Stephen S. Roach sketches the devastating global impact of a scenario in which Chinese growth vanishes.
Bill Emmott warns developed countries that failing to raise their retirement age will come at a high cost.
Javier Solana identifies three dynamics that could derail a peace process unless they are addressed.
Bjørn Lomborg reports multiple benefits from global economic openness, extending far beyond poverty reduction.
Robert Skidelsky warns that sterling depreciation is likely to hurt, not help, British exports.
Kemal Derviş believes that the key to transforming the EU is a new alignment of moderate parties.
Carl Bildt thinks that if China is to rein in its volatile client, its legitimate concerns must be addressed.
Melvin Sanicas explains why one of the world's oldest viruses still takes 59,000 lives every year.
G. Richard Olds identifies practices that countries and schools can use to direct talent where it's most needed.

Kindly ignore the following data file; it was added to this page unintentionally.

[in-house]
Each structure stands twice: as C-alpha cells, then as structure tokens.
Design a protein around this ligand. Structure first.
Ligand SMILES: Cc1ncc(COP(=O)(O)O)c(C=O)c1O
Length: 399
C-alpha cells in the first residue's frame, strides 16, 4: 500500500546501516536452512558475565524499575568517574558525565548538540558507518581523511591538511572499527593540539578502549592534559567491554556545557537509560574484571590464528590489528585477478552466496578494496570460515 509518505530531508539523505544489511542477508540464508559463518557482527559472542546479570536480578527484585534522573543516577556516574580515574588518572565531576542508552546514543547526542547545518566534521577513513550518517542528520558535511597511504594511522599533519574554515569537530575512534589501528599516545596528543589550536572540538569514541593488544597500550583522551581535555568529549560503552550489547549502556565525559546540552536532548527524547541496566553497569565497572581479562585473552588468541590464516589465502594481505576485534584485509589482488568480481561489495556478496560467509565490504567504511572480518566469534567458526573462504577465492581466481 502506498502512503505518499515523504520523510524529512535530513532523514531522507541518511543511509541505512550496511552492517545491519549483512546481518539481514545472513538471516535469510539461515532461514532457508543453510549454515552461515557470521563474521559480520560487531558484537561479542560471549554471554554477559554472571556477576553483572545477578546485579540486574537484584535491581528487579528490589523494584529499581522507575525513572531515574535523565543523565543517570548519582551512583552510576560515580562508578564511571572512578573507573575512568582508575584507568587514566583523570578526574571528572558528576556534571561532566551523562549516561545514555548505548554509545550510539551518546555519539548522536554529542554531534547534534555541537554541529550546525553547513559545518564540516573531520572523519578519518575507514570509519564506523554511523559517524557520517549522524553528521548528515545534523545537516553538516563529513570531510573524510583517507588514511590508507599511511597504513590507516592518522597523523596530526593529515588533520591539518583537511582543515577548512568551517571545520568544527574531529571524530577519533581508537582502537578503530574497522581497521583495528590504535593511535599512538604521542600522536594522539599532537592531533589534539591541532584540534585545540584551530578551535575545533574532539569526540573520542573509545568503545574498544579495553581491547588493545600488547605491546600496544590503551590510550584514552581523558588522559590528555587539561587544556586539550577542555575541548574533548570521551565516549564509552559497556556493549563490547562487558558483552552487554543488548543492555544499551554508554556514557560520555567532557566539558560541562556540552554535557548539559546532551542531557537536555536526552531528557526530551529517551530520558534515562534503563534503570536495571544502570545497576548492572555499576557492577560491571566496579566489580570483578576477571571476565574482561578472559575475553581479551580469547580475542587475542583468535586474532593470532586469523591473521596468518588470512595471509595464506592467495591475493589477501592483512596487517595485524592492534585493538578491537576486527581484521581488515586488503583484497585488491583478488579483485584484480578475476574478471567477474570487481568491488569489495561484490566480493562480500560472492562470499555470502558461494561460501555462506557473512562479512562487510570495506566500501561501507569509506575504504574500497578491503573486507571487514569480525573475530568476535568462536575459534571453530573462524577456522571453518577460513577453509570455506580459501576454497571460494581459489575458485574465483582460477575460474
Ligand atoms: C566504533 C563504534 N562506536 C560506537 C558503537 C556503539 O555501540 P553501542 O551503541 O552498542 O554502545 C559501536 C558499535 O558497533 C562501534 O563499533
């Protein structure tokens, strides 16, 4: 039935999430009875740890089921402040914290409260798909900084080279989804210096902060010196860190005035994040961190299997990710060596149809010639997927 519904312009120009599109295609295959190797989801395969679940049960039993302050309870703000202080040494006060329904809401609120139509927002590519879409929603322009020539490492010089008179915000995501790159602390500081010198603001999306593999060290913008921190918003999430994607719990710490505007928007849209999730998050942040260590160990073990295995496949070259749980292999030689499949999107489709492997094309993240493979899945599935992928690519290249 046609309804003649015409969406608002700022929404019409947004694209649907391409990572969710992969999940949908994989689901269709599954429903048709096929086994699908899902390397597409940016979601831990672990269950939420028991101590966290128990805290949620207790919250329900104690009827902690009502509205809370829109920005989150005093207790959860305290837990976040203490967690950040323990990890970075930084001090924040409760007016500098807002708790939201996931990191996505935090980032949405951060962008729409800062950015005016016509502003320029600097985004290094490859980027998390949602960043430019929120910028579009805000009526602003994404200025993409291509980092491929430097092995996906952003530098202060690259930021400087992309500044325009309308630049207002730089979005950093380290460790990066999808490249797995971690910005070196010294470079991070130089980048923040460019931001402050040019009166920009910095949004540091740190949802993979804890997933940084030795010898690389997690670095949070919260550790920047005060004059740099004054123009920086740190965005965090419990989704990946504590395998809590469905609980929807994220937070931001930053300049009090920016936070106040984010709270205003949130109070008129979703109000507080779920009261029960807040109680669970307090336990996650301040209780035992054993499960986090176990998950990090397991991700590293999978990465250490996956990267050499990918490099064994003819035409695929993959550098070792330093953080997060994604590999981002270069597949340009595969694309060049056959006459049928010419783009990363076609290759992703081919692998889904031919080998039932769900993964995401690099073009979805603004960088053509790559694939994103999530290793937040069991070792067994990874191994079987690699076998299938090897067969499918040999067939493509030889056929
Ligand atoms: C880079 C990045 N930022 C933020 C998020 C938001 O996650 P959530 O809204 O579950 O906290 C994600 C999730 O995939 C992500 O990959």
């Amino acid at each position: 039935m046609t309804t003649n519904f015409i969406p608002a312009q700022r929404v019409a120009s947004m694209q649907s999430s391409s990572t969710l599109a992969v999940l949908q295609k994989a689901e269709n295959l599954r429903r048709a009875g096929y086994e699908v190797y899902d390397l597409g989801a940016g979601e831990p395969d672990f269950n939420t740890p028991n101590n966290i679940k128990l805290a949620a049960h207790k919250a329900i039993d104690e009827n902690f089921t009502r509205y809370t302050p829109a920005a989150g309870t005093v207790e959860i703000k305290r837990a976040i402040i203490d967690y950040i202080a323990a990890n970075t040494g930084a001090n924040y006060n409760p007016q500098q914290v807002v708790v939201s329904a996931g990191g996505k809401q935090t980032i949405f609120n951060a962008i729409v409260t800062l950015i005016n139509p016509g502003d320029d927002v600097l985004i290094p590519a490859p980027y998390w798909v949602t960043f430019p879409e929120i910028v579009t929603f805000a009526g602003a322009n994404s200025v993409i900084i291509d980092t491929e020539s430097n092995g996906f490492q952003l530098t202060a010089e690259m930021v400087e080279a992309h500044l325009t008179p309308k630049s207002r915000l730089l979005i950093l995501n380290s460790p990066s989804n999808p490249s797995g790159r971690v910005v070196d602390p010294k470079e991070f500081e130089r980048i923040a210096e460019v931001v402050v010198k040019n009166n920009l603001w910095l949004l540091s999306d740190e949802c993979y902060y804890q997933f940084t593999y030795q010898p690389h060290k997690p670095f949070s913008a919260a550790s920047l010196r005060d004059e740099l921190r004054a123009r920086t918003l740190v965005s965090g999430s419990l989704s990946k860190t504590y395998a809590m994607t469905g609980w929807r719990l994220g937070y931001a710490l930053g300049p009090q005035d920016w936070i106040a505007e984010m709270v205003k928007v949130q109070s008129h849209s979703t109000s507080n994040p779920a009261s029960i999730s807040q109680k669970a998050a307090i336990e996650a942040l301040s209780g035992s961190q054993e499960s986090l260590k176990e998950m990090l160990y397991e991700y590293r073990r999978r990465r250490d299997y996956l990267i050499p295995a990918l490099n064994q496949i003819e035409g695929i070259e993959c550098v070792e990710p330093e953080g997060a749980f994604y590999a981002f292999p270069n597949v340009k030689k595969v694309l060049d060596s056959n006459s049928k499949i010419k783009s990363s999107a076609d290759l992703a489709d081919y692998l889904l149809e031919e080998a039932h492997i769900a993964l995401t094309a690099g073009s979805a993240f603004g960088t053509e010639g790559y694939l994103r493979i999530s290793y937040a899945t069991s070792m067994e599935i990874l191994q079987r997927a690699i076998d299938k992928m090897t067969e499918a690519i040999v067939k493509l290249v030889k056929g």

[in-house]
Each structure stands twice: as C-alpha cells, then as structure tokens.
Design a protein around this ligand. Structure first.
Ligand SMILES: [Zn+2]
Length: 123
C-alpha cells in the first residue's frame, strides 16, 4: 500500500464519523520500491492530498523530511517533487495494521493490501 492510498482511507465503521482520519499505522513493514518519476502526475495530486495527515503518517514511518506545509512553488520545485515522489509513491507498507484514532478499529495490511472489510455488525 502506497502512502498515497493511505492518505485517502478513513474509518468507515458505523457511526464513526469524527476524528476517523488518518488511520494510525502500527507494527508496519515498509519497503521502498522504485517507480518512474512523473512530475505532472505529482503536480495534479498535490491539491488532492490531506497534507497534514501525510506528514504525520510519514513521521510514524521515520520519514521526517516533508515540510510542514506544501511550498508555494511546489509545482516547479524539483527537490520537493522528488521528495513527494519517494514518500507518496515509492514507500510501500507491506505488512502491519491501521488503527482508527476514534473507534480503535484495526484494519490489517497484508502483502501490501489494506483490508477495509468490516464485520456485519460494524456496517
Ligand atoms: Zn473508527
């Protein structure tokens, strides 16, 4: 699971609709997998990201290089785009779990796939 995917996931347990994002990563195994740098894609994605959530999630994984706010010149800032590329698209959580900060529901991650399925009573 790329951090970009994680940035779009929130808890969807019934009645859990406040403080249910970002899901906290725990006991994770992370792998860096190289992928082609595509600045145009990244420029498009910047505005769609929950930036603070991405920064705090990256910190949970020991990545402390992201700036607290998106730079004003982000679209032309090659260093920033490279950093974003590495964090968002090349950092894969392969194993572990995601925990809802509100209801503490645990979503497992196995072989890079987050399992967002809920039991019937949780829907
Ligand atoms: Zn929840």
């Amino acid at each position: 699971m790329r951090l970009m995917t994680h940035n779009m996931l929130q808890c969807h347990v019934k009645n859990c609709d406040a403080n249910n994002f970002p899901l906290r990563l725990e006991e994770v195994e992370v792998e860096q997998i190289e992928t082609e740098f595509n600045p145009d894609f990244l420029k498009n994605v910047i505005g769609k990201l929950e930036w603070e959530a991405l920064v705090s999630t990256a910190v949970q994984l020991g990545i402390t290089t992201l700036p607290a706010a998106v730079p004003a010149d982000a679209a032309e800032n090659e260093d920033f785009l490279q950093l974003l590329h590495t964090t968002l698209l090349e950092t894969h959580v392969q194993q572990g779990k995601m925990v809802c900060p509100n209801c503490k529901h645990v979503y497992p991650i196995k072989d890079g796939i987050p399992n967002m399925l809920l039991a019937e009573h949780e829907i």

Martin Feldstein is confident that US workers, if not their European counterparts, have little to worry about.
Hernando de Soto proposes an entirely new approach to ensuring that the benefits of interconnectedness are shared.
Adair Turner rebuts the conventional belief that more education will boost productivity and reduce inequality.
Kelli Wells says we must close the "soft-skills" gap under any scenario of what lies in store for labor markets.
Bernard-Henri Lévy defends the selection of this year's winner of the Nobel Prize in Literature.
Avner Offer argues that the prize's origin and the selection of winners reflect an ongoing political struggle.